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Can use of online measurements in EVOP designs reduce the time to locate production optimum?

Research output: Contribution to book/anthology/report/proceedingArticle in proceedingsResearchpeer-review

The purpose of this project is to investigate if application of online sensor measurements can improve the use of Evolutionary operation (EVOP) tools in livestock farms by reducing manual recording and by observing intermediate problem measures at an early stage. An example with reduction of tail-biting is used as a case. Traditionally, the frequency of the "tail-biting" in a pen is used to indicate if a treatment reduces the occurrence of tail-biting or not. Power calculations have shown that to detect a treatment difference of 10% vs 20%, 6 batches with 16 pens per section are needed to yield a power of 80%. It is generally accepted that there will be behavioural signs before an outbreak of tail-biting, such as increased activity (restlessness) and likely changes in the circadian rhythm. Using those indicators, based on online measurements of water consumption, it is our hypothesis that we can reduce the number of batches or pens needed and still get the same power. This is based on the assumption that early indicators are more sensitive than the event "tail-biting". To test this hypothesis, power calculations for EVOP design based on sensor measurements of diurnal variation in water use are presented. The calculations are made with typical farm dimensions and are based on estimates of standard deviations and variance components from a setup where water use was measured at pen level.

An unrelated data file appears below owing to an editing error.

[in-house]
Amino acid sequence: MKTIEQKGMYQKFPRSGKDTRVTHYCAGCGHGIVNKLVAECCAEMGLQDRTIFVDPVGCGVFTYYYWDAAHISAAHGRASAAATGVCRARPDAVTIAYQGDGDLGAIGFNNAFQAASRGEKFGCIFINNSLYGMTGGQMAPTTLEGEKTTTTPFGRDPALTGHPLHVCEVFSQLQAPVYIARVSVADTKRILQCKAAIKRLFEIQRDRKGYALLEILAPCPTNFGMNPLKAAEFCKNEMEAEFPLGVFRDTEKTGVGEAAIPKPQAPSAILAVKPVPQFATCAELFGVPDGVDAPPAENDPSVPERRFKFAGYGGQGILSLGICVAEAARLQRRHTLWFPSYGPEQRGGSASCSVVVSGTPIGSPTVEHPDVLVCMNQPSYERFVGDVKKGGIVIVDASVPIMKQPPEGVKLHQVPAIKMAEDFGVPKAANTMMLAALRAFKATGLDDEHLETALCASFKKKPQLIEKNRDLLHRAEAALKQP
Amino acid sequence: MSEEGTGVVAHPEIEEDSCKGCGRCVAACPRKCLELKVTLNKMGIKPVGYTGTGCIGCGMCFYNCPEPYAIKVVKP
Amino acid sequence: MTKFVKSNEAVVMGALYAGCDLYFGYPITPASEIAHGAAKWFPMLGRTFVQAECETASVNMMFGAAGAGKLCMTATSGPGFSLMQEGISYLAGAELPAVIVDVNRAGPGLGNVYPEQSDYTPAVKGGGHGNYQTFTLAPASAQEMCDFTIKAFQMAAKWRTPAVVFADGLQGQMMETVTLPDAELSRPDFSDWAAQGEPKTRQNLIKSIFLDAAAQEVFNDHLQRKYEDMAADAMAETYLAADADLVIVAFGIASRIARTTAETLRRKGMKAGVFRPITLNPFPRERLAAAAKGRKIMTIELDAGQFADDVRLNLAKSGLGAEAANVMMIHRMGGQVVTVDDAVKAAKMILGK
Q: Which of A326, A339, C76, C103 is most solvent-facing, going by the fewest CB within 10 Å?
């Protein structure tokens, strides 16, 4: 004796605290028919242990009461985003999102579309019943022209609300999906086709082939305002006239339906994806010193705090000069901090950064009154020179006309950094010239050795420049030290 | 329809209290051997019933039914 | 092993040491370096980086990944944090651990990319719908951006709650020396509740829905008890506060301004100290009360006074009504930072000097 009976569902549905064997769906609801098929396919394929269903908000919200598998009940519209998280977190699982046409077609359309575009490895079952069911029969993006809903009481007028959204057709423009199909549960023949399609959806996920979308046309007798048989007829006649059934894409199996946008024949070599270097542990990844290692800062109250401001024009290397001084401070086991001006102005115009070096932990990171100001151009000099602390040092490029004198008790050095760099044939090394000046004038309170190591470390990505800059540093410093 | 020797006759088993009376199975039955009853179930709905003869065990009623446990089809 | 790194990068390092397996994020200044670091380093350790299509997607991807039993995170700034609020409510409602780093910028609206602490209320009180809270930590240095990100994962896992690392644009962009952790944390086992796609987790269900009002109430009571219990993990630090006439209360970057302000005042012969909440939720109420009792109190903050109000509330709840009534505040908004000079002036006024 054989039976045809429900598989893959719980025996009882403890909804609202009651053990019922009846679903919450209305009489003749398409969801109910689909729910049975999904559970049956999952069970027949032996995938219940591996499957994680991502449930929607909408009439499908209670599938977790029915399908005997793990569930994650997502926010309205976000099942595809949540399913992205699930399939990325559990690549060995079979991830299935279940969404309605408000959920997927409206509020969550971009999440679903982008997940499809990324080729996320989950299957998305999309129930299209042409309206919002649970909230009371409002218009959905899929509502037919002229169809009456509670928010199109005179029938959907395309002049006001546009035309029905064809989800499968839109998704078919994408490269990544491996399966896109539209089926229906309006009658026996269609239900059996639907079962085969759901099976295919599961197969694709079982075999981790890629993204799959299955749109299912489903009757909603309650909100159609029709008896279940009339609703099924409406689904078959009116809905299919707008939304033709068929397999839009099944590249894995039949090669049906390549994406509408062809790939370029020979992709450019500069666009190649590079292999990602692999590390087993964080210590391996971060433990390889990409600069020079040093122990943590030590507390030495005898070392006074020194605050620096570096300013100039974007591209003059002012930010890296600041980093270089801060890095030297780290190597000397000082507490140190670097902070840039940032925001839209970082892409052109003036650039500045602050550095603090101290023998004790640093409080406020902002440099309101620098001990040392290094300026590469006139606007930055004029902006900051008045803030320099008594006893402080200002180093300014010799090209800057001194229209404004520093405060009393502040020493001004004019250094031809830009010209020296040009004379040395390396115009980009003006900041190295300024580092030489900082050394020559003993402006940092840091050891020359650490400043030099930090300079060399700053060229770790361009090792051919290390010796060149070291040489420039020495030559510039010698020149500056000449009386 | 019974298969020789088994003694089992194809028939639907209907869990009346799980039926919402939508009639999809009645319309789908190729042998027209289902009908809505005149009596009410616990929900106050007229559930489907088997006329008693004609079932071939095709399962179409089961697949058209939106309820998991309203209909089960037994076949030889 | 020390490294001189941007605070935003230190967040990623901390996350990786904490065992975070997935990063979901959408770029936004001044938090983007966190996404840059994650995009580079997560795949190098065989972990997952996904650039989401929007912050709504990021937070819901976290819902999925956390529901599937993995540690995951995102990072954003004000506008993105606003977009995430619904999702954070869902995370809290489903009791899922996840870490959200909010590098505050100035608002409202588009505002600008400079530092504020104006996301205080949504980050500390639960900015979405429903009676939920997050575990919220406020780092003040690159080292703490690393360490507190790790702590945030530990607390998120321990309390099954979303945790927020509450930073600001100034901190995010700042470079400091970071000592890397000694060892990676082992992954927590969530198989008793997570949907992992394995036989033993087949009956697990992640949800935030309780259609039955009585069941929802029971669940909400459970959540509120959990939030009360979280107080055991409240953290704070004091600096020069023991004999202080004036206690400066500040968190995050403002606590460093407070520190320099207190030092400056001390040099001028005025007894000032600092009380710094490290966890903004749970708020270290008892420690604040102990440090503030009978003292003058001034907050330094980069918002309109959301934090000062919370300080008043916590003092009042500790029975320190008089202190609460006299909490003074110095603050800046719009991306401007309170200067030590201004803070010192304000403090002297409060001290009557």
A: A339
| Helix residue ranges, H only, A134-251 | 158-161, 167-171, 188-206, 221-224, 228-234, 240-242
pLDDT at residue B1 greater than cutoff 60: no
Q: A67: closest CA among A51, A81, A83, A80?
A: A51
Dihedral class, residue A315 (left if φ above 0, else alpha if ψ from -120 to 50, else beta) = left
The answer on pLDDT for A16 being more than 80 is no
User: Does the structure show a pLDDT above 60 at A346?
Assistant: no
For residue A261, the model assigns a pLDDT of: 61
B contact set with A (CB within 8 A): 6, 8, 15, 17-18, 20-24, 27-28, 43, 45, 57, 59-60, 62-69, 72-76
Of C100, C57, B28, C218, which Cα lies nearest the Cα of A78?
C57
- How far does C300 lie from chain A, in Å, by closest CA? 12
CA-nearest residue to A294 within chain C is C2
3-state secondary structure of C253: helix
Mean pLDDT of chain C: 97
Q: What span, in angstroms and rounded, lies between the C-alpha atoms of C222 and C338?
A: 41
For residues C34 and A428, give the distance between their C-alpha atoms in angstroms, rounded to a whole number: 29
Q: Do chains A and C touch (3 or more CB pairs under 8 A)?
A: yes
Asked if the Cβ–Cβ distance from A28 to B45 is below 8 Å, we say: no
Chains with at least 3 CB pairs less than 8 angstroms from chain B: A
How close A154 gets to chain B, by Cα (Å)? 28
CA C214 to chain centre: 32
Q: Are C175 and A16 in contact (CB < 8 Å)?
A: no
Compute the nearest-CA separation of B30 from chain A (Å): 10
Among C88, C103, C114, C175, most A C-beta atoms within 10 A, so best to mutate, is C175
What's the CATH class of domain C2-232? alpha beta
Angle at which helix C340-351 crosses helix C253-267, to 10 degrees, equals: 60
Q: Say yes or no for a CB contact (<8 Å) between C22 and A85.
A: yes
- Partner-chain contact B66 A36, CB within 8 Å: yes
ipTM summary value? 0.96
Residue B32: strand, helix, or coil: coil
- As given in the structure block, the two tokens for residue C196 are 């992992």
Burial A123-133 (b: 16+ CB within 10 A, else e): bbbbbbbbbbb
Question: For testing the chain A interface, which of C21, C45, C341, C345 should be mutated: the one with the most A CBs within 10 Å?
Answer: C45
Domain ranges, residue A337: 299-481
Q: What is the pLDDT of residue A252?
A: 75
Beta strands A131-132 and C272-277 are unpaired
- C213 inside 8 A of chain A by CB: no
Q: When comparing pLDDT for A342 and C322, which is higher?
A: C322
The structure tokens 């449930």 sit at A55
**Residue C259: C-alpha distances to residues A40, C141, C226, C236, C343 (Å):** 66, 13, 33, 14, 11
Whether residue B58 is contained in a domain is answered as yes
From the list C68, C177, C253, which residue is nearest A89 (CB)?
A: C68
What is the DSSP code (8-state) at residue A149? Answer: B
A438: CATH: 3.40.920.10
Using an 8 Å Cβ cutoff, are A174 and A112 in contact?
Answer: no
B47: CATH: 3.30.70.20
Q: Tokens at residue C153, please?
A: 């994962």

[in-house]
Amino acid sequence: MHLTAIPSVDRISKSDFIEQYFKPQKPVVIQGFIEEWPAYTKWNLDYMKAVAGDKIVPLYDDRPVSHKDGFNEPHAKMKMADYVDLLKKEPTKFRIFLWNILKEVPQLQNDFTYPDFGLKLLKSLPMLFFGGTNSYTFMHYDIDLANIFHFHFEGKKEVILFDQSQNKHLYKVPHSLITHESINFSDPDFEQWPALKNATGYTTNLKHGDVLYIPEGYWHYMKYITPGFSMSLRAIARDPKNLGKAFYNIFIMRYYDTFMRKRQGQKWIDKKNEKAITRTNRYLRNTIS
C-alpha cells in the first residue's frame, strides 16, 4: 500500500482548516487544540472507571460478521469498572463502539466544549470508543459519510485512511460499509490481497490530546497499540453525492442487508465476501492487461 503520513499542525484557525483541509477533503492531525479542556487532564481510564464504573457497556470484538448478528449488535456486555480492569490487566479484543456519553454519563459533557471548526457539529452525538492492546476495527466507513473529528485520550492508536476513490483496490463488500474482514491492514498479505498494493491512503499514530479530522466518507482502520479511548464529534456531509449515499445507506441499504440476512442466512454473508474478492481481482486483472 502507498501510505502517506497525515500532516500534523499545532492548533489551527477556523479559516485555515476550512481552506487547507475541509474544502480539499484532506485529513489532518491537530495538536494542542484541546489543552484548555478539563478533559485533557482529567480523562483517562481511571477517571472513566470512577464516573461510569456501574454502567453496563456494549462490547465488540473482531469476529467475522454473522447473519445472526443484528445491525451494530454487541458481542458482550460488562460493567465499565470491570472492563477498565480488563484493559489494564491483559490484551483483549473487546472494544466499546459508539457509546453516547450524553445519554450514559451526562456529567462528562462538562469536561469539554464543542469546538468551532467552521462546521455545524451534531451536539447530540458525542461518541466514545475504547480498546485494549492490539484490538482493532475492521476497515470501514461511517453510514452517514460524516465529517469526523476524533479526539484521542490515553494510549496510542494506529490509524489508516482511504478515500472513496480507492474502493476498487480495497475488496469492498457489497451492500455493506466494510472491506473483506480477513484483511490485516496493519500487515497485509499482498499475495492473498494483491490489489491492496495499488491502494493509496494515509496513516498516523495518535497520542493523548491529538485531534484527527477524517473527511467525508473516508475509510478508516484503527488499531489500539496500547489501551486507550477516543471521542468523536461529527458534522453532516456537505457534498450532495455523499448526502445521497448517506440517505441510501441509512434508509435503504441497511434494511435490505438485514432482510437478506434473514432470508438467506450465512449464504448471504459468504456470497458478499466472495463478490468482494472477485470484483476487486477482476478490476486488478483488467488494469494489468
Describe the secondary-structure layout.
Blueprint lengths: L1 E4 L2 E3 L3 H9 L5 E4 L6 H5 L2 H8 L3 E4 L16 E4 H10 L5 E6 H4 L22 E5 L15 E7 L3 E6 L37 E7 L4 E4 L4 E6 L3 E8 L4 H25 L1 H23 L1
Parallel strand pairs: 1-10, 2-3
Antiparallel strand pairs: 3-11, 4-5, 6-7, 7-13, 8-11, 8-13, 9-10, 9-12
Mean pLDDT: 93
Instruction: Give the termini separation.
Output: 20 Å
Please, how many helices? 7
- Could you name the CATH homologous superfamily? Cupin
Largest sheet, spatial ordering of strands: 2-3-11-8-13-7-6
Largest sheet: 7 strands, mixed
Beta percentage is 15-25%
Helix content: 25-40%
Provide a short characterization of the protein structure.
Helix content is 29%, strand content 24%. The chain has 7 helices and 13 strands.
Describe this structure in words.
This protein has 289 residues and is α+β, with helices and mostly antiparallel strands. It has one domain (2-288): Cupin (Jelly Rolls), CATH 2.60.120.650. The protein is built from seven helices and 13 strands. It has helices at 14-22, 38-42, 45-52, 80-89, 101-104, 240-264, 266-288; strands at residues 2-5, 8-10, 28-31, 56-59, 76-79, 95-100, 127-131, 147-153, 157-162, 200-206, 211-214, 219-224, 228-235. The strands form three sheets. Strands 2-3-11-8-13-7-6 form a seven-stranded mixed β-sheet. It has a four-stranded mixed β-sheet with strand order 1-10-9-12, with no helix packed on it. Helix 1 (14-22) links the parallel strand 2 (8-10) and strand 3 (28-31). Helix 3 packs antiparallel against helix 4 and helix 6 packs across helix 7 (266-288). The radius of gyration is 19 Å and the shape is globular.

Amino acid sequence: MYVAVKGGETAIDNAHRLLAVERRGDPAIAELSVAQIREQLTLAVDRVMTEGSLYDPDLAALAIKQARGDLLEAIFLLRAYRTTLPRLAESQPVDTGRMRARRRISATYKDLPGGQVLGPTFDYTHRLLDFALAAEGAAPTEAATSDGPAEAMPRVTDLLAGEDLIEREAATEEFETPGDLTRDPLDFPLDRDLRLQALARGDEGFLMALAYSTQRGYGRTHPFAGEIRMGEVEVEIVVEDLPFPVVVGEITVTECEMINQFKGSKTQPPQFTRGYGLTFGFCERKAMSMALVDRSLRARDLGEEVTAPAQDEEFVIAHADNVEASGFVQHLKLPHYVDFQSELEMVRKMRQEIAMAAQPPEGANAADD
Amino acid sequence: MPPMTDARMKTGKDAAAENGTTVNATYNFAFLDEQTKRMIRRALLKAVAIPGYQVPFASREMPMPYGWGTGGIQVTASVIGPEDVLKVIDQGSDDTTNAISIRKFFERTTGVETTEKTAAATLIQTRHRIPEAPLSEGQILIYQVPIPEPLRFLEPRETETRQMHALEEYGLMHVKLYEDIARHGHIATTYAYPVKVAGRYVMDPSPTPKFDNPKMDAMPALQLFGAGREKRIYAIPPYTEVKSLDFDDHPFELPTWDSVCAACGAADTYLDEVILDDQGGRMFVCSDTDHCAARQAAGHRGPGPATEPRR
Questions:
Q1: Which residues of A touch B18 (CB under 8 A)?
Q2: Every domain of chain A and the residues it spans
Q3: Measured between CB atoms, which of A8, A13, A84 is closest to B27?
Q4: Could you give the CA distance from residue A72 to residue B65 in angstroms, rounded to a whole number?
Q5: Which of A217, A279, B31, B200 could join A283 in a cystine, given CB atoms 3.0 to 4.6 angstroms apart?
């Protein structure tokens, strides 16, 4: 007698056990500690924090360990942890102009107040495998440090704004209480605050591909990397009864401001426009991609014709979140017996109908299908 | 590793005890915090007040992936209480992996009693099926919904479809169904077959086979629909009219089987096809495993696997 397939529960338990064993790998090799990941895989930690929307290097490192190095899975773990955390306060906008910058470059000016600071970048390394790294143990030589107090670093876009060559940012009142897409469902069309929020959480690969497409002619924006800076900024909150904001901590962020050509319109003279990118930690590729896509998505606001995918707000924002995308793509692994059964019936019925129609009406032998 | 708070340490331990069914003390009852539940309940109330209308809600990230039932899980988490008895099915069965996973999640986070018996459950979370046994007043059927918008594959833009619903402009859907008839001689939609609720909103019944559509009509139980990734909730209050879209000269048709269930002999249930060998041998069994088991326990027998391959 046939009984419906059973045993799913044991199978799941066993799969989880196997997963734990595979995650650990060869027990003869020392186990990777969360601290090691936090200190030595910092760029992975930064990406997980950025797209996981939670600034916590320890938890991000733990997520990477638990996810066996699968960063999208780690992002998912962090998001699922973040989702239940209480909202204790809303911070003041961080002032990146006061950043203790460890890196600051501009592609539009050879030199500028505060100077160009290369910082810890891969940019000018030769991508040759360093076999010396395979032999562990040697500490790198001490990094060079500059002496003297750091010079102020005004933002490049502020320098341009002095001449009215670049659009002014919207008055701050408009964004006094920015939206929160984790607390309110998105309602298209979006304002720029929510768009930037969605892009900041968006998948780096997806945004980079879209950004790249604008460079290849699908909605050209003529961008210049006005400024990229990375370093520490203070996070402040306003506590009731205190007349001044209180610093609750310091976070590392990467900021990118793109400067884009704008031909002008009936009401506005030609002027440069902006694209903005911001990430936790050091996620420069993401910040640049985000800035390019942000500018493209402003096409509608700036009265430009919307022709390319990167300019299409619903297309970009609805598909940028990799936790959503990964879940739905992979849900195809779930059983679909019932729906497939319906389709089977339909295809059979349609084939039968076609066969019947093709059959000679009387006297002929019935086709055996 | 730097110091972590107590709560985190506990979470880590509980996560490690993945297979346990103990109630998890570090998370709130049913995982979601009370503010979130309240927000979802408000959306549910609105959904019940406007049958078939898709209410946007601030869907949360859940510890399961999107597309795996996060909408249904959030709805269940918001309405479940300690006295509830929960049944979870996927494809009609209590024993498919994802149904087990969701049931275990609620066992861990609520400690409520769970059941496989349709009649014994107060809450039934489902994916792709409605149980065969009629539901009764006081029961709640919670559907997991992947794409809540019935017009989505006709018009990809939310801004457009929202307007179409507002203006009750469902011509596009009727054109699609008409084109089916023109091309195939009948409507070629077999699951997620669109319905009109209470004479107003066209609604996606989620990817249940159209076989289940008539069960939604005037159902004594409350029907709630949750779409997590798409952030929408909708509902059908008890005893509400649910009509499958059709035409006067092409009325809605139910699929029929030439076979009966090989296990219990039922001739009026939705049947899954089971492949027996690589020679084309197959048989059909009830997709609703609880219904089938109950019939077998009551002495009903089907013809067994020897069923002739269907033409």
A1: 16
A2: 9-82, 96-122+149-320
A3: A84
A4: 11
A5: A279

Original languageEnglish
Title of host publicationPrecision Livestock Farmin '15 : Papers presented at the 7th European Conference on Precision Livestock Farming
EditorsM. Guarino, D. Berckmans
Number of pages7
Publication yearSept 2015
ISBN (print)9788890975325
Publication statusPublished - Sept 2015
EventPrecision livestock farming 2015 - Milano, Italy
Duration: 15 Sept 201518 Sept 2015


ConferencePrecision livestock farming 2015

    Research areas

  • Evolutionary operation, early indicators, tail-biting, optimization

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